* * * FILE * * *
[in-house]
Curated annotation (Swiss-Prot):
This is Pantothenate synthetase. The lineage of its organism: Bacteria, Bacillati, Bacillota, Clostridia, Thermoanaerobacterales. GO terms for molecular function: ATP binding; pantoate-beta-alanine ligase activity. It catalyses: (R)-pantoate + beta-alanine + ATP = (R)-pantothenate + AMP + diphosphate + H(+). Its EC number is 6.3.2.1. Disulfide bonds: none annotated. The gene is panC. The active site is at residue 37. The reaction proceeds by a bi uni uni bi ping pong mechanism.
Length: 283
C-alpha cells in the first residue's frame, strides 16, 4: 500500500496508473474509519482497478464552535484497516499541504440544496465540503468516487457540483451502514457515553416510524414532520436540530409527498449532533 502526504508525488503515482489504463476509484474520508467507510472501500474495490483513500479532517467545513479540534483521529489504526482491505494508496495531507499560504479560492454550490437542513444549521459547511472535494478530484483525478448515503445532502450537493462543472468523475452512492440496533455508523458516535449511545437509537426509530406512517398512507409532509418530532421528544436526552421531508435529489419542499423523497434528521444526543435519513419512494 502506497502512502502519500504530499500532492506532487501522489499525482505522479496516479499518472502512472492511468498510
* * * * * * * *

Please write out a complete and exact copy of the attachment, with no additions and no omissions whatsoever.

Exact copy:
[in-house]
Curated annotation (Swiss-Prot):
This is Pantothenate synthetase. The lineage of its organism: Bacteria, Bacillati, Bacillota, Clostridia, Thermoanaerobacterales. GO terms for molecular function: ATP binding; pantoate-beta-alanine ligase activity. It catalyses: (R)-pantoate + beta-alanine + ATP = (R)-pantothenate + AMP + diphosphate + H(+). Its EC number is 6.3.2.1. Disulfide bonds: none annotated. The gene is panC. The active site is at residue 37. The reaction proceeds by a bi uni uni bi ping pong mechanism.
Length: 283
C-alpha cells in the first residue's frame, strides 16, 4: 500500500496508473474509519482497478464552535484497516499541504440544496465540503468516487457540483451502514457515553416510524414532520436540530409527498449532533 502526504508525488503515482489504463476509484474520508467507510472501500474495490483513500479532517467545513479540534483521529489504526482491505494508496495531507499560504479560492454550490437542513444549521459547511472535494478530484483525478448515503445532502450537493462543472468523475452512492440496533455508523458516535449511545437509537426509530406512517398512507409532509418530532421528544436526552421531508435529489419542499423523497434528521444526543435519513419512494 502506497502512502502519500504530499500532492506532487501522489499525482505522479496516479499518472502512472492511468498510